“The ability to read is a cornerstone for success in education, work, and life; literacy is the essential skill upon which all other learning depends.” – BC Ministry of Education
The First Nations K-12 Literacy Program has 260 carefully selected books designed to teach the language, culture and history of Aboriginal Peoples. The goal of the program is to foster a love of reading for students using quality literature, instill a sense of pride and awareness of Aboriginal People’s culture and history, and increase oral language and reading fluency.
SET-BC is proud to partner with the Central Coast School District in this incredibly valuable literacy program. As one of our Remote and Rural Schools Projects, we are helping to coordinate the production of the alternate formats for each book. Once produced, through our partnership with ARC-BC, these books will be available for students with perceptual disabilities across the province.
A major component of the literacy project is the audio book support. Students struggling with reading will be able to listen to an audio book on a computer and follow along in the book to get a sense of language and narrative. With practice and gained confidence, the student will later read aloud the text to a teacher or a peer. Because of the rich oral tradition of Aboriginal Peoples, it is hoped that these audio recordings will enhance and support student reading progress.
Initially, we anticipated the most challenging part of this project would be the recording of the audio books. The project team assumed an extended timeline for completion of the project was needed and had planned to take a slow-and-steady approach for this component of the project. We thought that the audio recordings could take several years to complete. To our delight, during the initial planning of the project, the Crane Library of the Access and Diversity office at the University of British Columbia called to inquire about the possibility of helping with audio production. They have over 125 volunteer readers that record texts for students, staff and faculty with perceptual disabilities. And since their volunteers had completed the required recording for the university semester, the Crane Library staff members were looking for materials that their volunteers could record during the coming months. As a result, we are very fortunate and grateful to the Crane Library staff and volunteers for offering their time, committing to record 60+ higher level books to specifically support this Literacy Program.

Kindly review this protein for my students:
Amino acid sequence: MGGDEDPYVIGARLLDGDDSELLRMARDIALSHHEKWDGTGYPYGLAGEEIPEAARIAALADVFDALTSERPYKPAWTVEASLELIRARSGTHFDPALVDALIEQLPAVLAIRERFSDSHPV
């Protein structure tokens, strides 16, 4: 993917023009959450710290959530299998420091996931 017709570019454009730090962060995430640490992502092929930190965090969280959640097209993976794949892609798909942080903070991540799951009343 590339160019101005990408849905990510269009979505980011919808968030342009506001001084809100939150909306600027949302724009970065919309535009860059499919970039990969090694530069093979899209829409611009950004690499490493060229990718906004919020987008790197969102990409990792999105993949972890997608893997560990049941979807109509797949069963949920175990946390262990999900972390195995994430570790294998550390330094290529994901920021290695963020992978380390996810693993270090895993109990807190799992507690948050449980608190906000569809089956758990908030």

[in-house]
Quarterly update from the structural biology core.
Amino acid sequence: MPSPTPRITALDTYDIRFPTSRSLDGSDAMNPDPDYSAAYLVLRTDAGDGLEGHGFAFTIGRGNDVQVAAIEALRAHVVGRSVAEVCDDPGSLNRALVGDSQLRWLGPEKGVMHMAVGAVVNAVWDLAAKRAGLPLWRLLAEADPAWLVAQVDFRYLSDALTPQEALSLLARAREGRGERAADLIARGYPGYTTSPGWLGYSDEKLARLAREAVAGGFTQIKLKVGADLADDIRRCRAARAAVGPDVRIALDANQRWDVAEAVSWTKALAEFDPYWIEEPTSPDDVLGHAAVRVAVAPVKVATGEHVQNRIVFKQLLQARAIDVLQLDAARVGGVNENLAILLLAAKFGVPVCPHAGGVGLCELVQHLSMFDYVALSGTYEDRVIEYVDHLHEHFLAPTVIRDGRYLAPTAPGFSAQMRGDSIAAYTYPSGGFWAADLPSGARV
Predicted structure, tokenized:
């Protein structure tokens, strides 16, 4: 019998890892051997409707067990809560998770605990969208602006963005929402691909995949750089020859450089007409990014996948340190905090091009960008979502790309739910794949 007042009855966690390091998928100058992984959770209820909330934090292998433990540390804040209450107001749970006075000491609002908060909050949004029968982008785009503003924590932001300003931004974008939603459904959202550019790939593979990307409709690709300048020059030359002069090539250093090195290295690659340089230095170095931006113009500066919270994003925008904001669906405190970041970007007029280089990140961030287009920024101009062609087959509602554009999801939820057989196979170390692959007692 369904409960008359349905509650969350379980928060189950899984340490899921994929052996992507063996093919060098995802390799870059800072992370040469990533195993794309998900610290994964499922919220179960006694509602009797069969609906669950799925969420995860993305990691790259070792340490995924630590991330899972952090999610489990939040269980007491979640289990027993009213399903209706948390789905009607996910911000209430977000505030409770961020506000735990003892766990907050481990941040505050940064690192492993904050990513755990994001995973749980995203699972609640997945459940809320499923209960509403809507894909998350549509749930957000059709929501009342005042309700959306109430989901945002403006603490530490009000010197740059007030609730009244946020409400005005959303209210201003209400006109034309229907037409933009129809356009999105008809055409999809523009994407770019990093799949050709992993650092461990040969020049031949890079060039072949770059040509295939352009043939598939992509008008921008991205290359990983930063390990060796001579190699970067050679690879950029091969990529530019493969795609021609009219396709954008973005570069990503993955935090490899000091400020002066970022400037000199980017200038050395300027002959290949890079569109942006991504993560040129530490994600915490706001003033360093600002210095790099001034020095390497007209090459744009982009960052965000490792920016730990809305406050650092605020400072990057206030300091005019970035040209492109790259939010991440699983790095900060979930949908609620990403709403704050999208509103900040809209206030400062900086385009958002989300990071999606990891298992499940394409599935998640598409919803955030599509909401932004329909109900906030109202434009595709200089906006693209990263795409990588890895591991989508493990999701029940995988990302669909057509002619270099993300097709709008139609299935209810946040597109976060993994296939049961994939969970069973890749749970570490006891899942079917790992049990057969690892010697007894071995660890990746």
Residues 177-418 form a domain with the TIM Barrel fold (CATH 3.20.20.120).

The UBC volunteer readers will be reading for 24 hours in 8 recording booths this coming Friday, April 20, from 8:30 am to 8:30am Saturday. That’s 196 hours of recording time!
The joint efforts and partnership of SET-BC, Central Coast School District, ARC-BC and the UBC Crane Library certainly demonstrates the power of collaboration. As we gain momentum in producing these books in alternate formats we look forward to the exciting launch of the First Nations Literacy Program this coming fall in Bella Coola!